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DIAGNOSTIC YIELD OF QUANTITATIVE ENDOTRACHEAL ASPIRATES IN PATIENTS WITH SEVERE NURSING HOME-ACQUIRED PNEUMONIA FREE TO VIEW

Morohunfolu E. Akinnusi, MD*; Lilibeth A. Pineda, MD; Corey R. Mankowski, RN; Ali A. El Solh, MD, MPH
Author and Funding Information

University at Buffalo, Buffalo, NY


Chest


Chest. 2007;132(4_MeetingAbstracts):502. doi:10.1378/chest.132.4_MeetingAbstracts.502
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Abstract

PURPOSE: Diagnostic strategies based on tracheal aspirates in patients with severe nursing home acquired pneumonia (NHAP) have not been previously evaluated. The objectives of the study were to investigate the diagnostic value of quantitative endotracheal aspirates (QEA) cultures using increasing interpretative cutoff points compared to bronchoalveolar lavage (BAL) and protected specimen brush (PSB) quantitative cultures in the diagnosis of severe NHAP.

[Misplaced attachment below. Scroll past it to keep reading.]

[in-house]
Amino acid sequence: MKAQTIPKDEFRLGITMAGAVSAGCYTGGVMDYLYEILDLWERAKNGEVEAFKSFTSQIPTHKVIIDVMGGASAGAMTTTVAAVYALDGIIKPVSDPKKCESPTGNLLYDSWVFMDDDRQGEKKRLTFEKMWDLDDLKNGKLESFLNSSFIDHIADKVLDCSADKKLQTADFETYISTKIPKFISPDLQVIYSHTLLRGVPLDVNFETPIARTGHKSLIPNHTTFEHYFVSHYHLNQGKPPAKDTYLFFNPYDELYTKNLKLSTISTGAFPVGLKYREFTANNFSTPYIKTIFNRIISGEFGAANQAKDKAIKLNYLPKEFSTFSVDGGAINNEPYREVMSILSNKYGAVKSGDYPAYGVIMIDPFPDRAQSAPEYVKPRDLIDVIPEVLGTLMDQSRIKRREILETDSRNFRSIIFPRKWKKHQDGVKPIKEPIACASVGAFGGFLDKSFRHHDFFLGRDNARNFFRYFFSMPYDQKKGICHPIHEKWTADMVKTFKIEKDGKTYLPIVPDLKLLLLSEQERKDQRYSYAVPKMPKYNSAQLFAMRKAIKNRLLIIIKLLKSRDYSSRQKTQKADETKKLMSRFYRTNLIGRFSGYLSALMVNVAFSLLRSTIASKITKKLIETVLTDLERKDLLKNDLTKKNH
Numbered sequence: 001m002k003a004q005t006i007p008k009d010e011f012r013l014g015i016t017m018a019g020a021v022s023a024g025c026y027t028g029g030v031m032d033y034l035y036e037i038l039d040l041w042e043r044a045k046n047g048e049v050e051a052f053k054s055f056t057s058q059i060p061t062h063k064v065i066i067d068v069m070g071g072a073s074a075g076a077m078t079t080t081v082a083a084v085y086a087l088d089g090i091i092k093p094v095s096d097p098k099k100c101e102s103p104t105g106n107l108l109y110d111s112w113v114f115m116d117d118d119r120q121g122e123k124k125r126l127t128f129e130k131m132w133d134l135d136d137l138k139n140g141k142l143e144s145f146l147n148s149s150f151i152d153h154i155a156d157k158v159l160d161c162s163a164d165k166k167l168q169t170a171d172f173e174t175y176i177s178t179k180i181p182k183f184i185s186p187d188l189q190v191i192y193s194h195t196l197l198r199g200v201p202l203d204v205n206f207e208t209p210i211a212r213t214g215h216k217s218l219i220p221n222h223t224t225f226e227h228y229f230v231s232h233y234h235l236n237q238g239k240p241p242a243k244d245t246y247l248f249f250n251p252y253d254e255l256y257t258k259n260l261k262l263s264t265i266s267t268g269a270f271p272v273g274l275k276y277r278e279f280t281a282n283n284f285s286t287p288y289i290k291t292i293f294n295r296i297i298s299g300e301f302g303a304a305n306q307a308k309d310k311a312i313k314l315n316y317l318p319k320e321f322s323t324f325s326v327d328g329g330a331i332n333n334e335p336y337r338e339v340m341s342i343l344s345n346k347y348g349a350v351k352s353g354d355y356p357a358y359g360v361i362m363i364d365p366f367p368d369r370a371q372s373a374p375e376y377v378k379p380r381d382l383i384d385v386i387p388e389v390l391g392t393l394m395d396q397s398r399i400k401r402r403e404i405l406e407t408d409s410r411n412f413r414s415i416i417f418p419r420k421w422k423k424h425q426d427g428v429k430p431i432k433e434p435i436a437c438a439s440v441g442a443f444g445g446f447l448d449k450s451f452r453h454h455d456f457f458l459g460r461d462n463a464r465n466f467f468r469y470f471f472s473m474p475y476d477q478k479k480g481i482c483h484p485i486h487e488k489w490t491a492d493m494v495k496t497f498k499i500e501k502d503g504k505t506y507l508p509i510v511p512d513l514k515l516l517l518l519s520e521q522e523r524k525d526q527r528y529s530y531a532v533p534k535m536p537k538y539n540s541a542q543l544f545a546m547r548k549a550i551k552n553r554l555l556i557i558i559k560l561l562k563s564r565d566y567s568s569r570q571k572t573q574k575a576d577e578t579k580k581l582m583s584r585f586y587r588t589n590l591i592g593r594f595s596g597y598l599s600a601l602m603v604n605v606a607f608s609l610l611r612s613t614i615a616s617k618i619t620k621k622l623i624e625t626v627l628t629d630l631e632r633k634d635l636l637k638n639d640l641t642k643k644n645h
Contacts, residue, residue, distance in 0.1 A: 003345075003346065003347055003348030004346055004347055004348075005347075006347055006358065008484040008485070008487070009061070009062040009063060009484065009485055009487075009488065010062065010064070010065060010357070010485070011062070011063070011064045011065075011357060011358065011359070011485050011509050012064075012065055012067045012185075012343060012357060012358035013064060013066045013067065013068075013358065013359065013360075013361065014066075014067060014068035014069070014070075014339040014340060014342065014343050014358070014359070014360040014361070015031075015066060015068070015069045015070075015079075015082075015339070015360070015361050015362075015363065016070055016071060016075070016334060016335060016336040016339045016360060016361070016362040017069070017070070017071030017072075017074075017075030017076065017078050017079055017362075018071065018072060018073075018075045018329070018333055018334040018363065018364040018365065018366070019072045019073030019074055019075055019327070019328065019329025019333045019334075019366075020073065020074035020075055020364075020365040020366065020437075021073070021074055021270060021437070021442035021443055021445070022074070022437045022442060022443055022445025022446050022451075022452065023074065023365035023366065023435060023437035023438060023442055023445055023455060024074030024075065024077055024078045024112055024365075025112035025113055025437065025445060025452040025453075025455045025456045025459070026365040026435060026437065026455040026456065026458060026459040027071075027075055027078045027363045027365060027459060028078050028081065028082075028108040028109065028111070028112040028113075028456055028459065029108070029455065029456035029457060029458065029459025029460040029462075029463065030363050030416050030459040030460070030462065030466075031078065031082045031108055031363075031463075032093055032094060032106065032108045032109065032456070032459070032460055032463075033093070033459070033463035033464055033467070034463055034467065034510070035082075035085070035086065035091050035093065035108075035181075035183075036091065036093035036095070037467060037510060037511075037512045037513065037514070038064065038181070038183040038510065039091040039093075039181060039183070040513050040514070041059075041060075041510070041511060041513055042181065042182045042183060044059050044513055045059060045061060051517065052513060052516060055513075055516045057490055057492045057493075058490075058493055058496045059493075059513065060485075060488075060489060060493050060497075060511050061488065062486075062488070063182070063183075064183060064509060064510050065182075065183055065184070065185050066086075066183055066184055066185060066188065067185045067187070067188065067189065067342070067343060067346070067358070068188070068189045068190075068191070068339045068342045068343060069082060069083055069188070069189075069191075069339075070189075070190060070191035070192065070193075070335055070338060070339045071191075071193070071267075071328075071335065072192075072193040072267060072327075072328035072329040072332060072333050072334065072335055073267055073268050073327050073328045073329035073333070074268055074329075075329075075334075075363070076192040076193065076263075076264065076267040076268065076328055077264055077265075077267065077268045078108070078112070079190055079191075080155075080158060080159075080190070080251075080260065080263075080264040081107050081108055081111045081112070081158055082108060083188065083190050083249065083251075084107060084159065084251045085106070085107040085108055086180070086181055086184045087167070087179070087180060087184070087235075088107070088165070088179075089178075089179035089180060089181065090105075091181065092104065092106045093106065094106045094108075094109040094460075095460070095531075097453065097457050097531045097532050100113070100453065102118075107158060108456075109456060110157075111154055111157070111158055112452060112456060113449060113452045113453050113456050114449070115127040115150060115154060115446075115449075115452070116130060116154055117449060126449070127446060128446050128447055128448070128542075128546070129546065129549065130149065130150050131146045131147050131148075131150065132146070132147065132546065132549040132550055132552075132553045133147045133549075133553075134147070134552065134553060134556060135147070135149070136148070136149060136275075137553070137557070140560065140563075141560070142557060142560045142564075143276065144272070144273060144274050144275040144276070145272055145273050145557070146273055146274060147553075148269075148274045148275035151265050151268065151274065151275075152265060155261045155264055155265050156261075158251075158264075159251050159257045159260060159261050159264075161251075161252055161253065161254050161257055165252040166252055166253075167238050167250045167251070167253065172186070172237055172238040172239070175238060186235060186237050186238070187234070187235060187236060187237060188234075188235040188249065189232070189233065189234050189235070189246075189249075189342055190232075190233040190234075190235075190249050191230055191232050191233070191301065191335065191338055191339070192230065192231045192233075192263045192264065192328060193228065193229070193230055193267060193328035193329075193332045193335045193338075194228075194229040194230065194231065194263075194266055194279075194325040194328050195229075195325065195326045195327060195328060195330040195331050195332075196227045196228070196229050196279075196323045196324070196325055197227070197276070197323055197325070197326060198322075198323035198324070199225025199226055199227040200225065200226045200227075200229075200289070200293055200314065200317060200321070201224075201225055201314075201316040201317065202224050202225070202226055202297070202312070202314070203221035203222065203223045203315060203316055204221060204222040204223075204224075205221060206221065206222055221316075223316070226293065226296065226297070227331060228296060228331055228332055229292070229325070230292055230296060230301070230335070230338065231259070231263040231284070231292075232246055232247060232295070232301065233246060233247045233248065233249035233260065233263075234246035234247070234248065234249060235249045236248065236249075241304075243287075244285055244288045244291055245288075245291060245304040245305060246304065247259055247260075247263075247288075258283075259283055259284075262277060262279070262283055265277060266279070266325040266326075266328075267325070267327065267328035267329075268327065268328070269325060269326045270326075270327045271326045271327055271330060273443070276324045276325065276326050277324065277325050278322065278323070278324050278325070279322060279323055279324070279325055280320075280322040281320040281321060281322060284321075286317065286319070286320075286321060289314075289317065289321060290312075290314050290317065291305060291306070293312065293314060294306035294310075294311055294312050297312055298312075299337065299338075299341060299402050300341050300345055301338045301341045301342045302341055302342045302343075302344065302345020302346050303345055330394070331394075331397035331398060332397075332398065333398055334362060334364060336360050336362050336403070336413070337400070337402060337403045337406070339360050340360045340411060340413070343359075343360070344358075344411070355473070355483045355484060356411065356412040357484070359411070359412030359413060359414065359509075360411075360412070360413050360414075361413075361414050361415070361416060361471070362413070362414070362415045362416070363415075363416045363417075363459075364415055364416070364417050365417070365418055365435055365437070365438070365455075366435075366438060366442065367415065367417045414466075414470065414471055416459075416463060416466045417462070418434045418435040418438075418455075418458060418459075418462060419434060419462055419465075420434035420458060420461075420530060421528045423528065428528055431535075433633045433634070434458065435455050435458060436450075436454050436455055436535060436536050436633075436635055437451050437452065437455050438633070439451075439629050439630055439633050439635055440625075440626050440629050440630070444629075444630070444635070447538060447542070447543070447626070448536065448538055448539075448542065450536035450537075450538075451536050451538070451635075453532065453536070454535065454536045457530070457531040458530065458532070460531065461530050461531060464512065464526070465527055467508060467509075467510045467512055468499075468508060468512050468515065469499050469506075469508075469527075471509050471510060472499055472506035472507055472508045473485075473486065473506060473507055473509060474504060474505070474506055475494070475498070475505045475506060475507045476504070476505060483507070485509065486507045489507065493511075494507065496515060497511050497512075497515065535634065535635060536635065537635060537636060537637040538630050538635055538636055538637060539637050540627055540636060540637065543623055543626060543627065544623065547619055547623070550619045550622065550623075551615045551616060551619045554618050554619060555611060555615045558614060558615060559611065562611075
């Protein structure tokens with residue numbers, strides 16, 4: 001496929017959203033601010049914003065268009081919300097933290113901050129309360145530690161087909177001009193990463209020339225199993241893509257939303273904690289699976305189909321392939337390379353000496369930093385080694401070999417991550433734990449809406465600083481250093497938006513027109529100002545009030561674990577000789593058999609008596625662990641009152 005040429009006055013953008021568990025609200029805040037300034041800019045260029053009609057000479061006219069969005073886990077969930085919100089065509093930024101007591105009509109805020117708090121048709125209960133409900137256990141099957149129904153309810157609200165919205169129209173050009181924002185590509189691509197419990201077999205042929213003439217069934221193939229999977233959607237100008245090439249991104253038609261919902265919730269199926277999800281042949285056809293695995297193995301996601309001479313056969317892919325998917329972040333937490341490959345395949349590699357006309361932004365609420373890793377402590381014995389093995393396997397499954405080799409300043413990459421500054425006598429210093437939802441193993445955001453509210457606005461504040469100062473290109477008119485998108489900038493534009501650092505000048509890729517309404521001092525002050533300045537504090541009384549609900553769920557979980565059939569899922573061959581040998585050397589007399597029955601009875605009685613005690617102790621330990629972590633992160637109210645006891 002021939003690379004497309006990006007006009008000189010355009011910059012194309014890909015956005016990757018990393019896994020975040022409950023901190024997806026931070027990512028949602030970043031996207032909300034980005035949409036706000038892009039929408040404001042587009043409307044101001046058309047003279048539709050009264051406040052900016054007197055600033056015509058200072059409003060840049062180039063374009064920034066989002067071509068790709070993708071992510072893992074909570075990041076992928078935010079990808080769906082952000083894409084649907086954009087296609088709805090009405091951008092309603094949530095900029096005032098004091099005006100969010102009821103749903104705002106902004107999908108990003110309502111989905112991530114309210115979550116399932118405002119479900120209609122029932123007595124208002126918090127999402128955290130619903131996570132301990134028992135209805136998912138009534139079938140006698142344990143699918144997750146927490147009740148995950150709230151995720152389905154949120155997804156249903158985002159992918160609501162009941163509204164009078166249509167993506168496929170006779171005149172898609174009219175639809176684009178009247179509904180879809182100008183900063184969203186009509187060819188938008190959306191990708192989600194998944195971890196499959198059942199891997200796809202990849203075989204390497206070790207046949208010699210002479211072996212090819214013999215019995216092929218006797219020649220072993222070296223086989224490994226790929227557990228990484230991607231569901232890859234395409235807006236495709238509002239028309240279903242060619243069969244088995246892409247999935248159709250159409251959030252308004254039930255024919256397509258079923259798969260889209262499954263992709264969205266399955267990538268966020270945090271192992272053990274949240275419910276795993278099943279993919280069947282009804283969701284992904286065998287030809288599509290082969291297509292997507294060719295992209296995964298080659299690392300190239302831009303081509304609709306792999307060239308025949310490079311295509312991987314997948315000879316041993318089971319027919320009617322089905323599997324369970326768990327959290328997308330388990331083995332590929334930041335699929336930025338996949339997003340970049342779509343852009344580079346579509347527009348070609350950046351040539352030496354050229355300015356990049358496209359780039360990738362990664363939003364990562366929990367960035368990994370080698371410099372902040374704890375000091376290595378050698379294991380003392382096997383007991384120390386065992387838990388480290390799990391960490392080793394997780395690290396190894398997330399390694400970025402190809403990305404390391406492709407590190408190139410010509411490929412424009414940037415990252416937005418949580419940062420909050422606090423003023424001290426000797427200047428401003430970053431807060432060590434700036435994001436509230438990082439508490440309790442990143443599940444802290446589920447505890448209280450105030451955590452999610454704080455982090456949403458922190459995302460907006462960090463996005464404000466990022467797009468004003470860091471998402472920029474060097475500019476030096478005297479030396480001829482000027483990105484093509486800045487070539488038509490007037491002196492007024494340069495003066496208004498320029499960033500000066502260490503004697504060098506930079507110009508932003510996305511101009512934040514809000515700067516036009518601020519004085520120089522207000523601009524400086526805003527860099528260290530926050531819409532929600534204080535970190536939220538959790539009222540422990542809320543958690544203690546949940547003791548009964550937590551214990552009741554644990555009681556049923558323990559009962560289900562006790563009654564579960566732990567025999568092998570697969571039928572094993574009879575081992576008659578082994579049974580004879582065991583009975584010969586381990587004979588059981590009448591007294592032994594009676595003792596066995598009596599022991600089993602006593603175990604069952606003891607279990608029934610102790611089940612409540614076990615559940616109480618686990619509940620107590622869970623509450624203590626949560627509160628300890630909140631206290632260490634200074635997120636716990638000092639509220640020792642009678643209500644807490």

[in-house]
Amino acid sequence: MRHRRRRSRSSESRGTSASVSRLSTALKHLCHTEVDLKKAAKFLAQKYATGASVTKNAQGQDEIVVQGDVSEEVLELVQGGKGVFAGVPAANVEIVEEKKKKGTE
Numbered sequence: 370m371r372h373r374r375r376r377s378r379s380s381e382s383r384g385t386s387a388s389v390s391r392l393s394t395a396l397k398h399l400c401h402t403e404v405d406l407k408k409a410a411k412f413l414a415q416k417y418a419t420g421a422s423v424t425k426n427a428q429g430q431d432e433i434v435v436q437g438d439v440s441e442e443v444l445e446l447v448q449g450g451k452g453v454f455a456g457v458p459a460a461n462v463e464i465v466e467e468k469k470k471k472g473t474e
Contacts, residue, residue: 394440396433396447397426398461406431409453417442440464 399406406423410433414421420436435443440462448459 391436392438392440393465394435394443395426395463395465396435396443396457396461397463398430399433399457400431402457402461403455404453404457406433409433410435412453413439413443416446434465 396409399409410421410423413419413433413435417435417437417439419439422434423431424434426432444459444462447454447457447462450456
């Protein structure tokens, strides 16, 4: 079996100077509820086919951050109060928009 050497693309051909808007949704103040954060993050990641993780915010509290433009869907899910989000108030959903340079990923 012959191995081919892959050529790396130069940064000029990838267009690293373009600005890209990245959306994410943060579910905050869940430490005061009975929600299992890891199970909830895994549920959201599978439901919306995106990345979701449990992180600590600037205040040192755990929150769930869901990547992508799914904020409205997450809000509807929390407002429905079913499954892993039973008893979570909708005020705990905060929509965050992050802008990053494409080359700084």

METHODS: Seventy five nursing home patients requiring mechanical ventilation for suspected pneumonia were studied. Endotracheal aspiration, PSB, and BAL were performed consecutively. The diagnostic yield of QEA at thresholds raging from 103 cfu/ml to 107 cfu/ml was assessed by calculating sensitivities, specificities, and accuracy rates. A receiver operator characteristic curve for the series of cutoff points was constructed.

RESULTS: Forty nine patients were diagnosed with pneumonia by either BAL (≥104 cfu/ml) or PSB (≥103 cfu/ml). Diagnostic accuracy of QEA was most favorable at 104 cfu/ml. At this threshold, endotracheal aspirates (EA) coincided with both BAL and PSB in 30 cases while a partial agreement was present in 14 cases yielding a sensitivity and a specificity of 90% (95% confidence interval [CI] 78% to 97%) and 77% (95% CI 56% to 91%), respectively. QEA correlated significantly with both PSB and BAL quantitative cultures (r=0.71, p<0.001, and r=0.77, p<0.001; respectively).

CONCLUSION: QEA may be used as a diagnostic tool for determining the presence of pneumonia in ventilated patients admitted from nursing homes when bronchoscopic procedures are not feasible or available.

CLINICAL IMPLICATIONS: This modality may be useful as a first line technique for intubated NHAP patient with clinical suspicion of pneumonia when it is more convenient to perform prior to administration of antibiotic therapy.

DISCLOSURE: Morohunfolu Akinnusi, No Financial Disclosure Information; No Product/Research Disclosure Information

Wednesday, October 24, 2007

10:30 AM - 12:00 PM


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